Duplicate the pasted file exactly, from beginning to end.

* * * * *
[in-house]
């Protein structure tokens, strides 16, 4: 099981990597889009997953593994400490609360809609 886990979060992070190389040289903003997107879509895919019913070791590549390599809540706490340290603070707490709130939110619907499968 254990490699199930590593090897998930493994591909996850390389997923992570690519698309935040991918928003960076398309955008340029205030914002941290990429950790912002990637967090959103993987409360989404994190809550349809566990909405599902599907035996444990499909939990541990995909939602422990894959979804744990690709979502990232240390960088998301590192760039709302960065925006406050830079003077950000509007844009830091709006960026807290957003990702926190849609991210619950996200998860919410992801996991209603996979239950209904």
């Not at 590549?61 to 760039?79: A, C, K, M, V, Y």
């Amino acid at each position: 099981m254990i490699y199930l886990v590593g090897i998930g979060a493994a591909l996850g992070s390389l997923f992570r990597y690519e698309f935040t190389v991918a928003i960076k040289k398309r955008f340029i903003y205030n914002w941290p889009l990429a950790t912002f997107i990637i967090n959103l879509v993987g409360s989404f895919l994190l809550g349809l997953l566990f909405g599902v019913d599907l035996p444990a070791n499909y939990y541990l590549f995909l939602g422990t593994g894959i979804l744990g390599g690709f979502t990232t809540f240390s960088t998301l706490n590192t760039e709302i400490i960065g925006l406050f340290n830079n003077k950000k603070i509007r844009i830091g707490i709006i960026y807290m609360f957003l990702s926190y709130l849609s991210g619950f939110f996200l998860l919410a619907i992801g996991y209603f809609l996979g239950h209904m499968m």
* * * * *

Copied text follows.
[in-house]
């Protein structure tokens, strides 16, 4: 099981990597889009997953593994400490609360809609 886990979060992070190389040289903003997107879509895919019913070791590549390599809540706490340290603070707490709130939110619907499968 254990490699199930590593090897998930493994591909996850390389997923992570690519698309935040991918928003960076398309955008340029205030914002941290990429950790912002990637967090959103993987409360989404994190809550349809566990909405599902599907035996444990499909939990541990995909939602422990894959979804744990690709979502990232240390960088998301590192760039709302960065925006406050830079003077950000509007844009830091709006960026807290957003990702926190849609991210619950996200998860919410992801996991209603996979239950209904």
């Not at 590549?61 to 760039?79: A, C, K, M, V, Y």
């Amino acid at each position: 099981m254990i490699y199930l886990v590593g090897i998930g979060a493994a591909l996850g992070s390389l997923f992570r990597y690519e698309f935040t190389v991918a928003i960076k040289k398309r955008f340029i903003y205030n914002w941290p889009l990429a950790t912002f997107i990637i967090n959103l879509v993987g409360s989404f895919l994190l809550g349809l997953l566990f909405g599902v019913d599907l035996p444990a070791n499909y939990y541990l590549f995909l939602g422990t593994g894959i979804l744990g390599g690709f979502t990232t809540f240390s960088t998301l706490n590192t760039e709302i400490i960065g925006l406050f340290n830079n003077k950000k603070i509007r844009i830091g707490i709006i960026y807290m609360f957003l990702s926190y709130l849609s991210g619950f939110f996200l998860l919410a619907i992801g996991y209603f809609l996979g239950h209904m499968m």